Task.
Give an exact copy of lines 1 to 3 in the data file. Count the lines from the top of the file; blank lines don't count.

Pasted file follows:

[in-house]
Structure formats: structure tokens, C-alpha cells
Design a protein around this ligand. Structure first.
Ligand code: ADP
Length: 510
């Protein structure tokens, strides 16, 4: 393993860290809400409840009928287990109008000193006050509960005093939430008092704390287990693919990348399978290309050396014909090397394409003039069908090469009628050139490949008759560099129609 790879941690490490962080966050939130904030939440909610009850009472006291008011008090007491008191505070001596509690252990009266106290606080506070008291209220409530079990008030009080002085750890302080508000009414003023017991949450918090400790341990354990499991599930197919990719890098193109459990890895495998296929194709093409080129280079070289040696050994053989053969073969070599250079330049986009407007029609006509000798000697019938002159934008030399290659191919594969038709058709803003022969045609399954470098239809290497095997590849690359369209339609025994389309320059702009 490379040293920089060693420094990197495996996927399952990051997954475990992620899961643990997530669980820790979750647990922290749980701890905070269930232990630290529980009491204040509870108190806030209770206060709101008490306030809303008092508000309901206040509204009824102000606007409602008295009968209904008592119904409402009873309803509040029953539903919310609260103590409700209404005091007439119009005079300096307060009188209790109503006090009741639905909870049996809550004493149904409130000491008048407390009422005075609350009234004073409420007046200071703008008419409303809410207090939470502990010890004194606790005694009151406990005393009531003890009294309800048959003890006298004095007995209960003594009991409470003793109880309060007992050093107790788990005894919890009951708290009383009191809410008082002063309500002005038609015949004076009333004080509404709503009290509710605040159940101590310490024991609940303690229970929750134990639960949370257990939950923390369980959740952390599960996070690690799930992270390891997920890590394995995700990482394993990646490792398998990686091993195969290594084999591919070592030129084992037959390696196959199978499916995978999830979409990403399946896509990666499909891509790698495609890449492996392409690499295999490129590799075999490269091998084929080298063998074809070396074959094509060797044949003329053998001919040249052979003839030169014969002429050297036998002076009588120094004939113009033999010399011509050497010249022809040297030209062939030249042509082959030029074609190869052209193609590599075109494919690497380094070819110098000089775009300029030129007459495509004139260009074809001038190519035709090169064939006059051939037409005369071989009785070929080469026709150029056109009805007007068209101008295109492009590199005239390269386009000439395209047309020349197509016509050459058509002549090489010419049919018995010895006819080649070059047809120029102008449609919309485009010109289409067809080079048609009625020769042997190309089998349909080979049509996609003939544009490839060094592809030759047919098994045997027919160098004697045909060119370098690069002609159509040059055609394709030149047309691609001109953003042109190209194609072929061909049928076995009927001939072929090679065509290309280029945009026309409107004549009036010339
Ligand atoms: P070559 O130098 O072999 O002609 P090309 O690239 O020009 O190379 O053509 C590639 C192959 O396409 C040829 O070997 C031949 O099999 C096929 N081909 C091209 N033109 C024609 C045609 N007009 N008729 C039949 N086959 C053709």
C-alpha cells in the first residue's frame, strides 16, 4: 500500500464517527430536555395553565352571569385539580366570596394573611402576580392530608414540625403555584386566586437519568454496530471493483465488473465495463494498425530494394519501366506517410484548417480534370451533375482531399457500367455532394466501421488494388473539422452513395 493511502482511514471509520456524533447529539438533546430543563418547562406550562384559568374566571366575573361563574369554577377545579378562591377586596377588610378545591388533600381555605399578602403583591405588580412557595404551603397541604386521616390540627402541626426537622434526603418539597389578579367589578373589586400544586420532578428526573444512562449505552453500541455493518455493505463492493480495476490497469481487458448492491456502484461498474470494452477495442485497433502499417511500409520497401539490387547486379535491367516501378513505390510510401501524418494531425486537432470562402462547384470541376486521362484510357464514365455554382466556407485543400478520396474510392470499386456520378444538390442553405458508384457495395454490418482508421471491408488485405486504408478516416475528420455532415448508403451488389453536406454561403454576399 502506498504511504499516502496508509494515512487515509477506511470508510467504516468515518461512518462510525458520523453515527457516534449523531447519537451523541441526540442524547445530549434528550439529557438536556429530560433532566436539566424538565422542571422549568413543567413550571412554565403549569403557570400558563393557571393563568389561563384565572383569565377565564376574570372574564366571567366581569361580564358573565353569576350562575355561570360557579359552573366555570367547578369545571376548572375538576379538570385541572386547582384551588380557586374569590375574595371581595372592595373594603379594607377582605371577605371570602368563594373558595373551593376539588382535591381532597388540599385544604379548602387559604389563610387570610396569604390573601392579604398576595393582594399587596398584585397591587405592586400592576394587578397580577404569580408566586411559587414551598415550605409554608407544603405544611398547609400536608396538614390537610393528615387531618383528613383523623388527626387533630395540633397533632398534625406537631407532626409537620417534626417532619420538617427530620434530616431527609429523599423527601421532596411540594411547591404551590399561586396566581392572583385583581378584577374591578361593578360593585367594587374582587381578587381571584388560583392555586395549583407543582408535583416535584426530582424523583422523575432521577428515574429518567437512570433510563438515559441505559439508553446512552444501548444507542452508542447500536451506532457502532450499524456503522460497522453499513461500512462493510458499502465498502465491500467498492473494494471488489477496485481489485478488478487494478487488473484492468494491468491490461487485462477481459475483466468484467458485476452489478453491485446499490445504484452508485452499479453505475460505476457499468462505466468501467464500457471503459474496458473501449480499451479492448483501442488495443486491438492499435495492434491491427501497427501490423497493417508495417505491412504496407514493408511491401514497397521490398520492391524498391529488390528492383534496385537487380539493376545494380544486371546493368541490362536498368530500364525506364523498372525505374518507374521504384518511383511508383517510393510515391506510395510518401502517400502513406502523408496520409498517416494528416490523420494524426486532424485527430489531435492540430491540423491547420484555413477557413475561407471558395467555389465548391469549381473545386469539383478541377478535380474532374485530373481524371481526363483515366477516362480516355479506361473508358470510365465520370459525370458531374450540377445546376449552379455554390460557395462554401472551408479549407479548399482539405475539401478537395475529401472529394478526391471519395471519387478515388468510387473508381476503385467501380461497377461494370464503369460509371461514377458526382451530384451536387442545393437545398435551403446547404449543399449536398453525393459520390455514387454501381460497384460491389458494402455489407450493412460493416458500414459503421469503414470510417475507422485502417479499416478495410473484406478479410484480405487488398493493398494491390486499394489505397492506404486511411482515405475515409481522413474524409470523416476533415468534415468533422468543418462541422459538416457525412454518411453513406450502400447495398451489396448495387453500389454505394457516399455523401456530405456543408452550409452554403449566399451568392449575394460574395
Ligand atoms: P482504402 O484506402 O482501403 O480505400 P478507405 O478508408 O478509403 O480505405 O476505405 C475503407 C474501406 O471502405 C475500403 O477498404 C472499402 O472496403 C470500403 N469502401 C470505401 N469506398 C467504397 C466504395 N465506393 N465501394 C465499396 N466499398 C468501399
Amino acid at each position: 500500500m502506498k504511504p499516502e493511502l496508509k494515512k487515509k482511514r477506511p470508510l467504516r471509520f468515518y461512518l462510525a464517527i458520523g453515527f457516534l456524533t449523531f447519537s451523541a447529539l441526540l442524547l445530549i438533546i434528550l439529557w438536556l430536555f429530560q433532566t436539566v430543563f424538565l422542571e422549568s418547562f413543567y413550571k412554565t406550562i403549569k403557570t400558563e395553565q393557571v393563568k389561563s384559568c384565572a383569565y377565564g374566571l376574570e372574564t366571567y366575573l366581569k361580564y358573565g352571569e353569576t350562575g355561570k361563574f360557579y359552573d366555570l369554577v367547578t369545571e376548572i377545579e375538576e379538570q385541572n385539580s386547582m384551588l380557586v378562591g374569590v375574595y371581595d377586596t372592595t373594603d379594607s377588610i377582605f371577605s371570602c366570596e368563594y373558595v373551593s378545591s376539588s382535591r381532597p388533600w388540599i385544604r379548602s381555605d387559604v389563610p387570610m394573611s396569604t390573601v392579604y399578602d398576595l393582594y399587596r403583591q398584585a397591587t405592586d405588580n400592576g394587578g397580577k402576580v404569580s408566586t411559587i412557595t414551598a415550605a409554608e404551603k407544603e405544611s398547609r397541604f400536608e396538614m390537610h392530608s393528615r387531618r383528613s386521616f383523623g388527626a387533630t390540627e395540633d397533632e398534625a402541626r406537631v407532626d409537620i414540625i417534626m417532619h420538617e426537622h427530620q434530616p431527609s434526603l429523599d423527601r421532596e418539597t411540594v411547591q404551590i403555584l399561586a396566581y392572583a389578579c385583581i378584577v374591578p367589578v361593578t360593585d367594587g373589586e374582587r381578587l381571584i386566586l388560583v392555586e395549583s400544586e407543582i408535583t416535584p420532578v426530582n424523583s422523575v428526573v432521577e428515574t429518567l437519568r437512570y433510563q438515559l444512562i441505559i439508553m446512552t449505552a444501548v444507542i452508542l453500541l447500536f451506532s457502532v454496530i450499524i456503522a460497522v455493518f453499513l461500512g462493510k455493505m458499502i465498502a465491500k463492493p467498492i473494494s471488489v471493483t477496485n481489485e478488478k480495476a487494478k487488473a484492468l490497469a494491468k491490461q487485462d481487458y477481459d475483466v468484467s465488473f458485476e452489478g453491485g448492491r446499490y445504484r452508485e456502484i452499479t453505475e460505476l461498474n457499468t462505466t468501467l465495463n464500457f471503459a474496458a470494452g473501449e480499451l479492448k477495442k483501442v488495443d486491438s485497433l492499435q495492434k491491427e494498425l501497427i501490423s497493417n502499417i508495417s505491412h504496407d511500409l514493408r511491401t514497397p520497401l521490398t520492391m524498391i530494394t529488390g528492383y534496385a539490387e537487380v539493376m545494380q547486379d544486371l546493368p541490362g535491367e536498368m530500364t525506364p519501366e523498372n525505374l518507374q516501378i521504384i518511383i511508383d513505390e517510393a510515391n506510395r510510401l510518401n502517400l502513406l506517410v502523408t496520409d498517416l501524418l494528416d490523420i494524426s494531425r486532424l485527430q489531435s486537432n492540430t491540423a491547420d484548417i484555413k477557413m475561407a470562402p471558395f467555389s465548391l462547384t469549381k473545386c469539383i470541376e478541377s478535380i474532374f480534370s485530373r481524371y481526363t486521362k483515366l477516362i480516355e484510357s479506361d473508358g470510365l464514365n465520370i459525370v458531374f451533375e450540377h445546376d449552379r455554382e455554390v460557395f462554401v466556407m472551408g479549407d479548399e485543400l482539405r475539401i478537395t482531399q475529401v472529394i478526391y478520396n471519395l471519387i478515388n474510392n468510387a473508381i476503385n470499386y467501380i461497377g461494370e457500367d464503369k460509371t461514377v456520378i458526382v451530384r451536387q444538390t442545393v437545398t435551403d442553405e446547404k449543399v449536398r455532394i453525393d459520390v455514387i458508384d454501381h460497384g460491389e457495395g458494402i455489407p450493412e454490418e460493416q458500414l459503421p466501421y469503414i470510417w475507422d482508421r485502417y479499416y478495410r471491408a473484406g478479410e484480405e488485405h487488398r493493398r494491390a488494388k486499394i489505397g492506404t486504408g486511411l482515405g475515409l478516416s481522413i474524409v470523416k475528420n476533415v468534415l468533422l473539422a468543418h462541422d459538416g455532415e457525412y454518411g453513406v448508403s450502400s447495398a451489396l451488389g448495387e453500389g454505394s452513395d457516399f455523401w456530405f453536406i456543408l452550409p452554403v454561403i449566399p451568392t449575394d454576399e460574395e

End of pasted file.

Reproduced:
[in-house]
Structure formats: structure tokens, C-alpha cells
Design a protein around this ligand. Structure first.